A brief public service announcement

Parents, this one’s for you.

Prudie has a letter in today’s column:

Fifteen years ago, I was new in town and looking for a children’s dentist, and chose the one named “Best of …” in the local paper. When I brought in my then 6-year-old son, the dentist was the only one in the office—no other patients, hygienists, or a receptionist. The dentist suggested giving my child nitrous oxide since he’d had previous dental trauma and was terrified. He also said he didn’t allow parents to accompany the kids during examination and treatment, as this caused kids to cry more. I’ll bet you can see where this is going, but I had several other small children and was relieved I could just stay with them in the waiting room, so I agreed. When they came out, my son seemed confused and unhappy, the dentist was hyper in a weird and creepy way, and he said that my child had won his weekly special gift giveaway and gave him a surprisingly expensive toy. At this point I thought he fit the profile of a child molester and decided to never come back, but I didn’t have enough evidence to do anything. I wondered, How long until I read about him in the newspaper? Well, the day just came. In my local paper was an article about his arrest for possession and distribution of child pornography.  [emphasis added]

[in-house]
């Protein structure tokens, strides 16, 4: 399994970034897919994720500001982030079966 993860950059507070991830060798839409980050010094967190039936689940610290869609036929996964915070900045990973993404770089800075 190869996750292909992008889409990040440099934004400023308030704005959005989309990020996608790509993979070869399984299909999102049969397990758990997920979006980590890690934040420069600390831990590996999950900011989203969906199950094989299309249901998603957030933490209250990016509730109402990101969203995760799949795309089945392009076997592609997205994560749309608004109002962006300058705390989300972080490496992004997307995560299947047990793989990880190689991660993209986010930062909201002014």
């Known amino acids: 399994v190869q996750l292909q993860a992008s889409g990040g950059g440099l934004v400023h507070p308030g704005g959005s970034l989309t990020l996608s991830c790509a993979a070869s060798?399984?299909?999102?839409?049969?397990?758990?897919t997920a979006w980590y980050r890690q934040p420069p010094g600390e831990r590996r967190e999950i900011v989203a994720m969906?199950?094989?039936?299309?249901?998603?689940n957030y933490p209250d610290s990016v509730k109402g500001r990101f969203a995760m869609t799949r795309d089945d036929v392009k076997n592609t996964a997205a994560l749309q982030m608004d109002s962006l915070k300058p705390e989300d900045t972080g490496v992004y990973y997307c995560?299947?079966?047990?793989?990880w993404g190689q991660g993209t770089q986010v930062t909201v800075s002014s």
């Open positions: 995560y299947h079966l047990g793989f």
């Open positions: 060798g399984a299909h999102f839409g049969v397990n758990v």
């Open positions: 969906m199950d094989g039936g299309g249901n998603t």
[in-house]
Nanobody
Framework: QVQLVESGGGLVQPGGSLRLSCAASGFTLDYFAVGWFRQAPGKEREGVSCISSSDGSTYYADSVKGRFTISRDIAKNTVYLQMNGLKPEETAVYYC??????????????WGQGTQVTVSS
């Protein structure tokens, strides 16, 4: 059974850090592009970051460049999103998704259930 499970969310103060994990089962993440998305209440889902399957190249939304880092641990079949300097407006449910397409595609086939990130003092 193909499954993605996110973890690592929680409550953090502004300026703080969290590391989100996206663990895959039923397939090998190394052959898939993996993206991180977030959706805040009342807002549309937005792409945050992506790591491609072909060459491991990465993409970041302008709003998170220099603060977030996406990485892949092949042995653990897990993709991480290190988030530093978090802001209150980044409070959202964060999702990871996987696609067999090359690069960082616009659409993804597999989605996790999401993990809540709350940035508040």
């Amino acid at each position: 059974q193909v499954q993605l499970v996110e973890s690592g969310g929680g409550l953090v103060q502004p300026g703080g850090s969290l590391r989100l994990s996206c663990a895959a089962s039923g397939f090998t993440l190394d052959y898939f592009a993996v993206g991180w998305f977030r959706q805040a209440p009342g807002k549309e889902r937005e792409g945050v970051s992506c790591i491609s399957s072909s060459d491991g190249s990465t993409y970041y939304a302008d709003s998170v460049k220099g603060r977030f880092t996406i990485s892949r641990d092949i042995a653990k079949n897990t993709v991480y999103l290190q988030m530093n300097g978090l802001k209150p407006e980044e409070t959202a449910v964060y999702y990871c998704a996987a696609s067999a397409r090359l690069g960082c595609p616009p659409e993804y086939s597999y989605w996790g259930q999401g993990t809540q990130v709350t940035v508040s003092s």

This advice is probably totally unnecessary for the overwhelming majority of parents, but just in case I feel compelled to make something plain.  As a pediatrician, the number of times I have ever examined a small child without his or her parents is zero.  Never.  If I enter an exam room to see a preteen patient and find that the parent has ducked out to go to the restroom, I politely say “I’ll come back in a couple of minutes” and leave; I won’t even have a conversation with an unaccompanied child.  Even for my teenage male patients, if they don’t express a preference one way or the other, I will always default on the side of having a parent in the room for an exam.  (The majority of my adolescent male patients prefer to have their parents wait outside, but that decision is always theirs.  And I never examine female patients without a female chaperon in the room with me.)

With the exception of a trauma bay or an operating room, I cannot think of a single instance when it would be appropriate to instruct parents to leave their children alone.  And never when it’s only the doctor (or, in this case, dentist) in the room.  Period.  I want parents in the room, not only to help reassure the child but also for my own protection against any accusation of impropriety.

I have a special place in the boiling tar pits of my heart for medical providers who prey on their patients, and you can add flaming, pointed sticks for those whose patients are children.  I hope the heaviest weights of the legal system fall on the dentist described in the letter.  I would love to believe that my field is free of such people, but I would be a fool to do so.